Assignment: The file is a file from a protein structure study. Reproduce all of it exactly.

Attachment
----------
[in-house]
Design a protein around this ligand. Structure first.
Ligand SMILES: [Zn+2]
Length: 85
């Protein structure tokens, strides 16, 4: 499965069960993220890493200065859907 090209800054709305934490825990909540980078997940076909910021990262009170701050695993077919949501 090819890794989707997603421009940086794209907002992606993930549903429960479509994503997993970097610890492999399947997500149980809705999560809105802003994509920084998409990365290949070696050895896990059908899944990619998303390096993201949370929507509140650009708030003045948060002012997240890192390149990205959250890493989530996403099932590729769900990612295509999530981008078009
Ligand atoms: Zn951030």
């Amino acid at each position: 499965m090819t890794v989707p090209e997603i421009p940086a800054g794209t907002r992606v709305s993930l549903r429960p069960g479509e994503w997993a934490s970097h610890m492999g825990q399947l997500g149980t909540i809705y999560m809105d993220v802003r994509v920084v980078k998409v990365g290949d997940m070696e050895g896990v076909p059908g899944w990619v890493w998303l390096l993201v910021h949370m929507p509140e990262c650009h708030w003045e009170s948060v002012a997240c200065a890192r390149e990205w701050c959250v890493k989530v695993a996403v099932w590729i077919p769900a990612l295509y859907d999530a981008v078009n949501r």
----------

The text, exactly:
[in-house]
Design a protein around this ligand. Structure first.
Ligand SMILES: [Zn+2]
Length: 85
């Protein structure tokens, strides 16, 4: 499965069960993220890493200065859907 090209800054709305934490825990909540980078997940076909910021990262009170701050695993077919949501 090819890794989707997603421009940086794209907002992606993930549903429960479509994503997993970097610890492999399947997500149980809705999560809105802003994509920084998409990365290949070696050895896990059908899944990619998303390096993201949370929507509140650009708030003045948060002012997240890192390149990205959250890493989530996403099932590729769900990612295509999530981008078009
Ligand atoms: Zn951030």
């Amino acid at each position: 499965m090819t890794v989707p090209e997603i421009p940086a800054g794209t907002r992606v709305s993930l549903r429960p069960g479509e994503w997993a934490s970097h610890m492999g825990q399947l997500g149980t909540i809705y999560m809105d993220v802003r994509v920084v980078k998409v990365g290949d997940m070696e050895g896990v076909p059908g899944w990619v890493w998303l390096l993201v910021h949370m929507p509140e990262c650009h708030w003045e009170s948060v002012a997240c200065a890192r390149e990205w701050c959250v890493k989530v695993a996403v099932w590729i077919p769900a990612l295509y859907d999530a981008v078009n949501r």